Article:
Are you looking to build more interactive e-learning? Something that moves your courses beyond click-and-read slideshows? One of the single best ways to begin creating more interactive courses—without disrupting your project’s timeline, client’s budget, or learners’ expectations—is to reframe your existing static content into interactive knowledge checks.
Storyline’s Convert to Freeform option offers six super easy ways to transform slide content into interactive slides. The process is the same for each, so it’s really up to you to choose the interaction type that best suits your new question. Let’s look at three ways we can rework the same text-and-bullets slide using Storyline’s Pick One, Drag-and-Drop, and Text Entry features.
In these examples, the key is to provide the context for the activities without redesigning our course or increasing development time. Because we’re working with existing content, the context for the activity is already in place; we just need to reframe the content into a meaningful question.
Pick One questions have only one right answer. Unlike multiple choice questions (yawn!) that rely on radio buttons, Pick One questions allow us to use existing text, graphics, and pictures as viable choices, giving our learners a more visible learning activity.
Bonus: You don’t have to stop at one question. Once your duplicated slide is converted to a free-form interaction, you can continue duplicating the slide and changing the question and correct answers. This is a great option for designing drill-and-practice activities like flash cards and test preparation.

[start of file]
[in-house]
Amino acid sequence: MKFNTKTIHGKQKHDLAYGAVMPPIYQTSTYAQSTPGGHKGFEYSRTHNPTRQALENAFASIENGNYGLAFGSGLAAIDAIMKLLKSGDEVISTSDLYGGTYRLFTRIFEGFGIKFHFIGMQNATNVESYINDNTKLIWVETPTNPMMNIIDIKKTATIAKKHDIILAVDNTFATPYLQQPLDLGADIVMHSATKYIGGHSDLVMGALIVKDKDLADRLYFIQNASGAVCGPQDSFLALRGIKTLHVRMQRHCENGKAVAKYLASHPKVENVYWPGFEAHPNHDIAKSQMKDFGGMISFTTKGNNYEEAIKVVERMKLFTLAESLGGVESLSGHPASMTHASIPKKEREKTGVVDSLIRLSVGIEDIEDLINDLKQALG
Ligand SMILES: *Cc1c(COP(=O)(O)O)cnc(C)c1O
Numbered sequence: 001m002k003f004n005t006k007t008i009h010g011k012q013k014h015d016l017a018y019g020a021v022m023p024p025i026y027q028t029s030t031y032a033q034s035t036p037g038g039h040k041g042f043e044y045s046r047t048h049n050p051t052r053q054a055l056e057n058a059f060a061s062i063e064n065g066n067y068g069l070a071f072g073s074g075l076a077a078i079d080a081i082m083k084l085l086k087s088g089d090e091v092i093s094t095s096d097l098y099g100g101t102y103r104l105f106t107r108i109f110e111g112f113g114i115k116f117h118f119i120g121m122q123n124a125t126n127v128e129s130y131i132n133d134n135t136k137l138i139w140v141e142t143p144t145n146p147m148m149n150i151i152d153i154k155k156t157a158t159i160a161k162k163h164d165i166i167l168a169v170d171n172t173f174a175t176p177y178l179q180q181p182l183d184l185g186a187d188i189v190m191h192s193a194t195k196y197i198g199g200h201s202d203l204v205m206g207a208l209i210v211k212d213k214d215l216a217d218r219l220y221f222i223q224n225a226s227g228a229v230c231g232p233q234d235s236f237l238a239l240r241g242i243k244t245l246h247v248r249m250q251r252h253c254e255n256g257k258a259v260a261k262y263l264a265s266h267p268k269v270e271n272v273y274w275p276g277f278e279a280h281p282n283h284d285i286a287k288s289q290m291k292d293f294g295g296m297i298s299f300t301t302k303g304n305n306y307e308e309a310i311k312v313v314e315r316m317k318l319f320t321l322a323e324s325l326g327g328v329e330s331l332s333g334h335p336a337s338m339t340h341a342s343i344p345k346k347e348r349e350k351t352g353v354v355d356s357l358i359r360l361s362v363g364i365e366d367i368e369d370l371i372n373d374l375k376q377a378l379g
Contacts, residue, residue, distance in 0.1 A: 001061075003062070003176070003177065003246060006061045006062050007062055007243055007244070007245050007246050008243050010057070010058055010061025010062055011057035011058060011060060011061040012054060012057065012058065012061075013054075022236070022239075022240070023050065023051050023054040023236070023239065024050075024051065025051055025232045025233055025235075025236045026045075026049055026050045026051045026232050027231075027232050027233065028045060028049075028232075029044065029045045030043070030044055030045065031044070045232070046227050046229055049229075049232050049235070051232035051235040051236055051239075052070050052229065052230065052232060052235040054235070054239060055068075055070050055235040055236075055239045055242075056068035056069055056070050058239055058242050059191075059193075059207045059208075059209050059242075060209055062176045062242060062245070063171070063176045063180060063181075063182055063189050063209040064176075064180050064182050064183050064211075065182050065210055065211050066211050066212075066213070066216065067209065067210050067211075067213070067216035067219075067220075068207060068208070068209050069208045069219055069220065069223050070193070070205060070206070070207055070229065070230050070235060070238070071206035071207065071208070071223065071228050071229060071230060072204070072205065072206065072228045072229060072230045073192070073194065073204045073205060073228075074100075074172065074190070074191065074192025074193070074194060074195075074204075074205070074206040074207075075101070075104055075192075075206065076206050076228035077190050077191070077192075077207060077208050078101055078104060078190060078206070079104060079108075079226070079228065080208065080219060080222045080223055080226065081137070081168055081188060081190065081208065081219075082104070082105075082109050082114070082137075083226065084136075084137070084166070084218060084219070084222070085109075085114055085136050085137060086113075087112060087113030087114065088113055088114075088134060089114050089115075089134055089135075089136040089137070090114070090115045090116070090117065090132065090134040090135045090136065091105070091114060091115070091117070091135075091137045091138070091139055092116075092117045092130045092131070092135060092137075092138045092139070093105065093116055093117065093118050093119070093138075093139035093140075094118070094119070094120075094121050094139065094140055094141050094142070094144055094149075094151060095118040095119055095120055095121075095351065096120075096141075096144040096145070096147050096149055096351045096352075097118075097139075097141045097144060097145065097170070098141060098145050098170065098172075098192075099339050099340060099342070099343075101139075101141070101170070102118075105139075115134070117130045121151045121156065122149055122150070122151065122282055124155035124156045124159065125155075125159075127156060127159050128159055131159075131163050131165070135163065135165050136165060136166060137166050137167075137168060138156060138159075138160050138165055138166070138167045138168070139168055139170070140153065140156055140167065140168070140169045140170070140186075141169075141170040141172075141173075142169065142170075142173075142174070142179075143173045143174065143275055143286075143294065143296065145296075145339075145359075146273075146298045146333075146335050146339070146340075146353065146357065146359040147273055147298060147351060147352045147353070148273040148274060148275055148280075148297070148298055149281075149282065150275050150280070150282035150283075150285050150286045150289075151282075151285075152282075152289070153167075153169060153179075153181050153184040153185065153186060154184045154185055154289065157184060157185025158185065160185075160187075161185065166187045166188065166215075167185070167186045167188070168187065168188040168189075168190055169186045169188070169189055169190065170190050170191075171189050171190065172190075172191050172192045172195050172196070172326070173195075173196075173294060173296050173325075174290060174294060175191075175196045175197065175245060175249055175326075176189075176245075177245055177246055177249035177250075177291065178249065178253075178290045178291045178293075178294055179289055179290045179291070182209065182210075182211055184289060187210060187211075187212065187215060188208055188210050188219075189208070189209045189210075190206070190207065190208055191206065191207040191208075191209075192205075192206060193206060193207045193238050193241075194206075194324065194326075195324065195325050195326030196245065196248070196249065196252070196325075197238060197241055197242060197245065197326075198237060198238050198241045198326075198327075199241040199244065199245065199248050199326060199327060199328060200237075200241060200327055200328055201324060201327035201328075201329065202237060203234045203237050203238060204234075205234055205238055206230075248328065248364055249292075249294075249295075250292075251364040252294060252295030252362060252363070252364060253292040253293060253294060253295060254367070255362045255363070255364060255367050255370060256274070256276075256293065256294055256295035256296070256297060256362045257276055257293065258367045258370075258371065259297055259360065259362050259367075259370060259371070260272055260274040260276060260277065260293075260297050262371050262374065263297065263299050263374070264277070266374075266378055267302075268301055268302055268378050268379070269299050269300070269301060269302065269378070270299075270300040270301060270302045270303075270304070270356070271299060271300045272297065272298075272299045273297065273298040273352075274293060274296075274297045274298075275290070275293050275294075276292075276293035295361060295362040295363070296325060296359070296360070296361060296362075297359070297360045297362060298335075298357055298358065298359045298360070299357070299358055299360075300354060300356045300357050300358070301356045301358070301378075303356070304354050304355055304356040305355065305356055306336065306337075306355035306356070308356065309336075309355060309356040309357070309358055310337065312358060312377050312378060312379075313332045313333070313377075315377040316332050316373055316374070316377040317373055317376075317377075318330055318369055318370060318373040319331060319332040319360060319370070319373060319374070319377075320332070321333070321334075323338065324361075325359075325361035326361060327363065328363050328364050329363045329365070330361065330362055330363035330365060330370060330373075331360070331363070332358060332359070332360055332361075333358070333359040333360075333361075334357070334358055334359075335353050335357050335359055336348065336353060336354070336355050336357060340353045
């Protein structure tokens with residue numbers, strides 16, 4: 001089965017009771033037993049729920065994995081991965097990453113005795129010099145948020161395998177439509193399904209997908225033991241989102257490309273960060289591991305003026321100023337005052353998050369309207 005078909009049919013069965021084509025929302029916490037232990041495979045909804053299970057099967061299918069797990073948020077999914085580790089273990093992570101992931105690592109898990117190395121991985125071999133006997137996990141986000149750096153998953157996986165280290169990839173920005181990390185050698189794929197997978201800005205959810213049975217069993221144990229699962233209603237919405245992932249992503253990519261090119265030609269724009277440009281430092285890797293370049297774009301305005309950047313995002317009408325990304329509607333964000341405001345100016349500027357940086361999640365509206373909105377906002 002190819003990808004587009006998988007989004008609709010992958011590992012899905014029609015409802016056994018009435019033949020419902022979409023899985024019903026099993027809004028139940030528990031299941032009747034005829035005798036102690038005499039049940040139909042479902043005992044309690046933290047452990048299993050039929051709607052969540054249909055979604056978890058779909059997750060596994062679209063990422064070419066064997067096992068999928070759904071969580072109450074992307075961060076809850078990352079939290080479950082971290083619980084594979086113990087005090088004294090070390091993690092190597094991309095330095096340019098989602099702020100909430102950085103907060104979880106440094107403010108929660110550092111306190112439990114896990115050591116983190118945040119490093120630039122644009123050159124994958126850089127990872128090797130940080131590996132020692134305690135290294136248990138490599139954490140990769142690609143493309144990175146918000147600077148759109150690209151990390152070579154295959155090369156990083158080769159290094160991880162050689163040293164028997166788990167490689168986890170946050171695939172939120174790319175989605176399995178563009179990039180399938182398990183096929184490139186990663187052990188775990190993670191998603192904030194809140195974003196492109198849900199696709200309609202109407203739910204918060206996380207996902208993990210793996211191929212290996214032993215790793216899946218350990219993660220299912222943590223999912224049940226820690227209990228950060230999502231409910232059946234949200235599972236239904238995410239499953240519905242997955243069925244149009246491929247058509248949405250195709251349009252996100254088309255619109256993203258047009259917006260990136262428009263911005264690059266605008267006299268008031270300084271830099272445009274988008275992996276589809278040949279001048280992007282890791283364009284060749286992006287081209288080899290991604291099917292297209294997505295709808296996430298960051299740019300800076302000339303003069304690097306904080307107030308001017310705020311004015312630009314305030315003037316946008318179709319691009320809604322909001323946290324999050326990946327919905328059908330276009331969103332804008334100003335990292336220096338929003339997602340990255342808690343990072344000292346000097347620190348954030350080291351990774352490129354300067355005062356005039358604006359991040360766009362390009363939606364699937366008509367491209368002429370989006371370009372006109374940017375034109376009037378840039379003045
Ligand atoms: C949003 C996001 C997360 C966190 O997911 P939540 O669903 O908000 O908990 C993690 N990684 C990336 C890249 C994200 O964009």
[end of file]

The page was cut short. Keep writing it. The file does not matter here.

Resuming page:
Drag-and-drop is another option for reframing content into a knowledge check. We just told our learners about each branch and what it does. Now, we can create a matching activity that asks learners to match the responsibilities to the correct branch of government.
Fill-in-the-blank questions are another way to ask learners to recall what they just learned or read in an earlier slide.
This type of activity works well because we can remove one or more words from our content slide and ask learners to type in the missing words.
What do you think?
This is easy, right? Seems like a good first step toward moving click-and-read courses into something more interactive. And, even though it’s a small shift, it engages your learner on the content you just presented. So tell us what you think—leave a comment below, start a thread in E-Learning Heroes, or try out your new skills in our Weekly Challenge. We want to hear from you!